KNOXVILLE — Thanks to a preposterously easy 91-yard opening kickoff return for a touchdown by true freshman Ty Chandler, it took the University of Tennessee football team exactly 14 seconds to gain a lead it would never relinquish in Saturday 's 42-7 victory over visiting Indiana State.
Unfortunately, it may take quite a bit longer than 14 days to figure out just exactly how good Team 121 can be before this season ends.
What we do know today — the annual litmus test against Florida possibly no more than six days away, depending on the whims of Hurricane Irma — is that the Volunteers are now 2-0 for the season. But isn't that also about all we know after the Mercedes-Benz Miracle over Georgia Tech last Monday night, as well as Saturday's win against the overmatched Sycamores?
Isn't this Big Orange bunch, to paraphrase a Winston Churchill observation once upon a time concerning Russia, still "a riddle, wrapped in a mystery, inside an enigma"?
The Vols are certainly good enough, or lucky enough, or both, to be undefeated. They're also seemingly vulnerable enough in both coaching and personnel to wind up with a third straight 8-4 record, especially if they again fall to the Gators in Gainesville, despite's Florida's perceived frailties at the moment.
But they also have enough potential to go 10-2, and that's throwing in an uncertain loss somewhere beyond an all-but-certain Oct. 21 setback at Alabama. Not even Butch Jones might currently expect to beat the top-ranked Crimson Tide, but not another game on the schedule would appear to be an obvious loss.
Yet Jones didn't exactly sound like a coach overly confident of winning more than eight or nine games following the victory over Indiana State.
"We've got to get better in a hurry," he said, noting the Vols forced no turnovers five days after forcing two against Georgia Tech that spelled the difference in victory and defeat.
"We still have a long way to go," he added. "There are still things we need to do to get better."
Unless you're Alabama, almost every college football team needs to do some things to get better. Or a lot of things.
Certainly, one could hope the Vols might have produced more than 395 yards of total offense against a fairly pedestrian FCS team such as Indiana State. This is Indiana State football, after all. Larry Bird doesn't have a nephew about to walk through that door to throw touchdowns or hit football 3-pointers with his golden toe.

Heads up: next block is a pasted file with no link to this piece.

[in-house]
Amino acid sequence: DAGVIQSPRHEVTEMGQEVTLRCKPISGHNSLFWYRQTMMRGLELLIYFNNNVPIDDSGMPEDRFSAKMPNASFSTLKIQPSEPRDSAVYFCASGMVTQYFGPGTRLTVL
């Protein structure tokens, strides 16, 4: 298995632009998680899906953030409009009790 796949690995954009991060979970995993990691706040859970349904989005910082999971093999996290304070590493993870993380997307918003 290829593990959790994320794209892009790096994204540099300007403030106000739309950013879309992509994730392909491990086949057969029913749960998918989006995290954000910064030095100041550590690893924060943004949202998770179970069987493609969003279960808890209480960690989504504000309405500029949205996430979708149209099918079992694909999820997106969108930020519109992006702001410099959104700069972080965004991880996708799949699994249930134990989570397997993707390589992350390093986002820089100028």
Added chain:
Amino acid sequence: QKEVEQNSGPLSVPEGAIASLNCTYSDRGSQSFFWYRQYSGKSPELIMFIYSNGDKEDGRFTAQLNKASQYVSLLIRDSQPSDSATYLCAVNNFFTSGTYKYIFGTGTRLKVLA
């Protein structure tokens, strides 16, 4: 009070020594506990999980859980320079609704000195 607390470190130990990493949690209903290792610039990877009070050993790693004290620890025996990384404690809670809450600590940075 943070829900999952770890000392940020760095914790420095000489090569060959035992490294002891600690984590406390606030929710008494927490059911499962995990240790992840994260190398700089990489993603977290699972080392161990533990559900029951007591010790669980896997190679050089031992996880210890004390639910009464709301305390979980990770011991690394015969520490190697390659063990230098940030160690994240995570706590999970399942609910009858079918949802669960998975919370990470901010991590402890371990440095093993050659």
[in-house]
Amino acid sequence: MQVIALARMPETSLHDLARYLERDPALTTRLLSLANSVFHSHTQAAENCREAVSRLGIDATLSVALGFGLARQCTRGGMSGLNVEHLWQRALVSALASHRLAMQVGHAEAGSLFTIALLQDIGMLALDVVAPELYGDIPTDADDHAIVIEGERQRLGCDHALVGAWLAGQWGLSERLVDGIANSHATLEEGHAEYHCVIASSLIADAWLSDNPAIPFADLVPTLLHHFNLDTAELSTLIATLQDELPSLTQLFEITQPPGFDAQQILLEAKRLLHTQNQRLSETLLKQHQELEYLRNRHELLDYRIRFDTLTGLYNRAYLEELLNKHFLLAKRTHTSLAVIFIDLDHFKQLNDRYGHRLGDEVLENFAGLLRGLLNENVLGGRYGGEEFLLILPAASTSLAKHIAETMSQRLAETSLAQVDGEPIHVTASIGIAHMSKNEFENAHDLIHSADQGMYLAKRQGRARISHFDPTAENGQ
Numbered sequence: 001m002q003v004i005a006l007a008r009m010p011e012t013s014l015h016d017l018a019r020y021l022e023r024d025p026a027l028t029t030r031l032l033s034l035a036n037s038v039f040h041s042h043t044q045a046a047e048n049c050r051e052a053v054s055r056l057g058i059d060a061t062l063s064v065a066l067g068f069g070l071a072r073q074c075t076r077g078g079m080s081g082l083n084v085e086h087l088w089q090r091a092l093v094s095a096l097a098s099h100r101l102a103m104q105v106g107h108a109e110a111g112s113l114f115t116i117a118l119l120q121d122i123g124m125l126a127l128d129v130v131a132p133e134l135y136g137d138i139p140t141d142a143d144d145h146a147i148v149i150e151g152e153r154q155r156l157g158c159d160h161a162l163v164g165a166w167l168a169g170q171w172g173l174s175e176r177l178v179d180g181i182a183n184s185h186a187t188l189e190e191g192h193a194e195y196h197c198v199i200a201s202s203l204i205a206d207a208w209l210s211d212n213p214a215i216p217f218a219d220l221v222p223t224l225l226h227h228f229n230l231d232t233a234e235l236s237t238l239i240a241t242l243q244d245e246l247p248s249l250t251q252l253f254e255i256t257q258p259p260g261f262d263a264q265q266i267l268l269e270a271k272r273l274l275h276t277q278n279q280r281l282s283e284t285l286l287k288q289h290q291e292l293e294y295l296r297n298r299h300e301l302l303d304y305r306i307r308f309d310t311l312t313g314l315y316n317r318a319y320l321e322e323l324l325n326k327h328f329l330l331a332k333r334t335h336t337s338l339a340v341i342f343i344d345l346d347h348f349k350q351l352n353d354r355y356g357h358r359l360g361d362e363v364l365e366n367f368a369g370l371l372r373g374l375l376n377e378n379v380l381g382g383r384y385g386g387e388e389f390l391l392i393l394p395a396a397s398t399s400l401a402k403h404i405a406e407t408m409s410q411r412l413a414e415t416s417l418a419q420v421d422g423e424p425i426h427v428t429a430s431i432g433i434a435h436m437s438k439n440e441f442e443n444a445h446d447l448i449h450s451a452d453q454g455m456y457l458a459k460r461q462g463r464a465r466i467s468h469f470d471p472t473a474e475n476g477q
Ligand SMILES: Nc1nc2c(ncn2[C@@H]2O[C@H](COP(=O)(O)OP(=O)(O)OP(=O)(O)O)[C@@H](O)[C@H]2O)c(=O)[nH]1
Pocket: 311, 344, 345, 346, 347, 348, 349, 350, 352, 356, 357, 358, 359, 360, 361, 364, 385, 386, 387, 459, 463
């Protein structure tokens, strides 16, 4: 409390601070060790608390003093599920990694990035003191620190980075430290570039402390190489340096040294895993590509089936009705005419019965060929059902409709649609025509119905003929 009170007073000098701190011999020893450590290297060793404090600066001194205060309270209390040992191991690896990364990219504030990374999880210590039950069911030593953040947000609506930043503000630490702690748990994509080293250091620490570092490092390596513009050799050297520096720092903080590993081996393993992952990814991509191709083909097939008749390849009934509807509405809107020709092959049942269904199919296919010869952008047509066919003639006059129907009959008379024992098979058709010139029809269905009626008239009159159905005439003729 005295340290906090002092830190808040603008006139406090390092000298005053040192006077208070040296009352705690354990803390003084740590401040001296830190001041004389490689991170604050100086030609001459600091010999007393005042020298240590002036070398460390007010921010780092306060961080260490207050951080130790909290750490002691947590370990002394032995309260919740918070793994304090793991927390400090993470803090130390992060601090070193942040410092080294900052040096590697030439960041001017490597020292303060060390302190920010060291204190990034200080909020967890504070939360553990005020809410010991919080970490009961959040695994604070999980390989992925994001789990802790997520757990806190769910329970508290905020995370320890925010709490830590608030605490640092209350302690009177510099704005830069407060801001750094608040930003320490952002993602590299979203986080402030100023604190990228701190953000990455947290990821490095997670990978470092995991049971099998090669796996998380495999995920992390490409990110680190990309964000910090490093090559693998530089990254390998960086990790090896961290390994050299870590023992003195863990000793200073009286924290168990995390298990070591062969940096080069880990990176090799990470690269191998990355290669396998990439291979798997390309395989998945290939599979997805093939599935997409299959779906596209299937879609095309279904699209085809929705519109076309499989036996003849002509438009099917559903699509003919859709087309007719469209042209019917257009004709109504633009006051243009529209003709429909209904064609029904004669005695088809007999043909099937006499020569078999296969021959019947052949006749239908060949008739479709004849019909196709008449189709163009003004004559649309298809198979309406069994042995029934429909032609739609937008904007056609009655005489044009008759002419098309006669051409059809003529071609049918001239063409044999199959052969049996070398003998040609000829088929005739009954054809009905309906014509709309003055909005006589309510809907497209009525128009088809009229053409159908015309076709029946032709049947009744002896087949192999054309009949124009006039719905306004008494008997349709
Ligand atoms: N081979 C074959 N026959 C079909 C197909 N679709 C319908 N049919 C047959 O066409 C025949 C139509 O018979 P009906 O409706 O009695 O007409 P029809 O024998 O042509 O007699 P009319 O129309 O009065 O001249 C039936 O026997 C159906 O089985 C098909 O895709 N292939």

There's also the possibility of a Tennessee quarterback controversy, given that neither Quinten Dormady nor Jarrett Guarantano currently has the look of an SEC champion QB.
On the flip side, less than a week after surrendering 13 of 18 third-down conversions to Georgia Tech, the Vols held the Sycamores without a single third-down conversion in 11 attempts.
"What I liked," Jones said, "is (the players') resolve, their resiliency, their willingness to work. I do like the work ethic of this group and their everyday willingness to get better."
Normally, history would strongly indicate a need for the Vols to play better if they expect to triumph in Florida's Swamp, assuming Irma allows such a game to continue without interruption. But the Gators were so inept offensively against Michigan on Sept. 2 that these Vols would seem supremely capable of winning in the Swamp for the first time since 2003.
But this is also the same Big Orange bunch that couldn't shake a single football loose from Indiana State a week after the Sycamores coughed up two in a loss to Eastern Illinois. And the same team that surrendered 535 rushing yards to Georgia Tech. A riddle wrapped in a mystery inside an enigma, indeed!
Yet because it's Florida, maybe none of that matters.
"We know the rivalry," Kendal Vickers said late Saturday afternoon. "We don't like them and they don't like us. We'll be ready for it."
Added Kahlil McKenzie: "It's Florida week. It's time to get going. It's the real season now."
And no matter how much an enigma these Vols may seem to be at the moment, there is no mystery about the importance of Florida week.
Contact Mark Wiedmer at email@example.com